The lights are dimmed, and a mess of chairs and tables form a circle around a makeshift dance floor. It’s primed for the arrival of twins Tyga and Raw Dog, two impressively sculpted dancers who emerge shirtless, bodies bulging for a night of female-organized bacchanalia. Intense gyration and mock cunnilingus are but a taste of the pleasures in store for a raucous New Jersey crowd of women. The scene will look familiar to any Magic Mike fan. But Gene Graham’s humanizing, scrappy, documentary portrait of the black men and women of exotic dancing offers more than mere titillation.
That’s not to say it’s absent—far from it. This One’s For The Ladies wears its NC-17 rating without a hint of shame. Meaning, yes, full frontal penis is featured in all its natural glory, or otherwise prettily covered up with a sequined dick-sock and nothing else. According to Michele, the only white woman interviewed, it’s the bolder, more sexually comfortable communal atmosphere that separates these racy Newark festivities from the more squeamish-friendly “white girl” equivalents of erotic entertainment that Channing Tatum might provide. “It’s like game night at your friend’s house,” she explains, with a hint of devilish delight.
Graham goes through a carousel of lively characters, sticking his camera straight in the middle of the action on the dance floor. Because licensing popular songs is expensive, he’s forced to sync largely unrecognizable music to the footage of the dance routines; it mostly works, though these needle drops might have hit harder with the original hip-hop bangers. Anyway, the filmmaker is perhaps more interested in the backstories of his dancers and the women who hire, tip, love, and live with them. Tyga and Raw Dog, shown to be pioneers of the industry with old footage from routines and bright, campy costumes dating back to the ’90s, tour the projects they once called home, and explain how their success in exotic dancing is an extension of their entrepreneurial spirits. Then there’s the gentlemanly Mr. Capable, who lends his services to an autism fundraiser; Fever, the dreadlocked high school graduate with an impressive collection of Superman memorabilia; and Blaze, a lesbian stud with her own set of problems as a woman working within a boys’ club.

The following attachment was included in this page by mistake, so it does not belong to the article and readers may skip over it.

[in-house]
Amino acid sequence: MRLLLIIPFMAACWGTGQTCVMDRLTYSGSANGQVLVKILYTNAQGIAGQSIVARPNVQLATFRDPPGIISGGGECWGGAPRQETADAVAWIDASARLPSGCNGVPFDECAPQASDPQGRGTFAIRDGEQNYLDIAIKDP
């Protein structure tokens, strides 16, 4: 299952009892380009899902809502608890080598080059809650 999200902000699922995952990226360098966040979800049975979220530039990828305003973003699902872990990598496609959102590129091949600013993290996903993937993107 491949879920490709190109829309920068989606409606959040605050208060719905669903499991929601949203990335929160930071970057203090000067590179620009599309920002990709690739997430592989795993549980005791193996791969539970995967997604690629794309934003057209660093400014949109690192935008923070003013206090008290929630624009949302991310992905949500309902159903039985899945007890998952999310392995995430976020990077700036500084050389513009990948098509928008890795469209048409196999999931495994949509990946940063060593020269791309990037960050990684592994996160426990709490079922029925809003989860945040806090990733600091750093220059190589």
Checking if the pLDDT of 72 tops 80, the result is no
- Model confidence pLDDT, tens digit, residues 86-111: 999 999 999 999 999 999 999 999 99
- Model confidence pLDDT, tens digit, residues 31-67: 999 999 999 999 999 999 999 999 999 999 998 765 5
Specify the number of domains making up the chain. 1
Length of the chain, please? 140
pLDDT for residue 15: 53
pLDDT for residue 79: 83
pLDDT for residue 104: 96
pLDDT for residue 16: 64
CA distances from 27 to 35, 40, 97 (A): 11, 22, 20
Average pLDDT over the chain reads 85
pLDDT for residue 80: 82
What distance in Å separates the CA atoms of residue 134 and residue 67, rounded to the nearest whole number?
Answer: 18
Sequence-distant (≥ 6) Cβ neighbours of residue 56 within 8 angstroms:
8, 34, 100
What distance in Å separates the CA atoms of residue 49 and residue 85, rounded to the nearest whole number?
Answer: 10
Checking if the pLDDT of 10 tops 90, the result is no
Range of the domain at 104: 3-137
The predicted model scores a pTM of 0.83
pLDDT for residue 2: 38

Though still taboo to many, exotic dancing is an honest living for the film’s subjects; so many others in their community have turned to drug dealing and robbing to get by. Overcoming the stigma of sex work is a large part of their success, but it’s clear from the dancers’ glistening, Adonis-like figures, gymnastic somersaulting, and rhythmic contorting that no mere mortal could do the job. It’s part of the reason these men and women are so overwhelmingly in demand—booking gigs, appearing on calendars and T-shirts, accruing fans and new lovers with each show. They’re practically celebrities for the women that welcome them into their lives and fantasies; the dancers’ routines offer some not-so-guilty pleasure, a boozy, exuberant respite from the daily grind and harsh realities of their underprivileged community, where schools are severely underfunded and family members suffer from crippling drug addiction.
The interviews with the stars and the regulars (like C-Pudding, a youth choir director) lead us through the peculiarities, joys, and difficulties of these lives. Gradually, the spectacle of naked bodies bending over backwards for the shock and awe of an excitable audience fades into the background, as the film shifts to Raw Dog and Tyga’s rambling, highly energetic rapport; the party-mode howls of C-Pudding (who admits to “turning gay” whenever Blaze performs); and Fever’s thoughtful recollection of voting for the first time in 2008 for President Obama. Graham has arguably too many interesting, often hilarious characters to profile—interviews are cut short, leaving the viewer hanging. A viewer might end up feeling like the women gathered around the stage, intensely experiencing their favorite dancers without ever fully “having” them, in the improper sense. This One’s For The Ladies is as authentically joyous and messy as one of the nights on the town so eagerly awaited by its characters. If only the lights stayed low for a little while longer.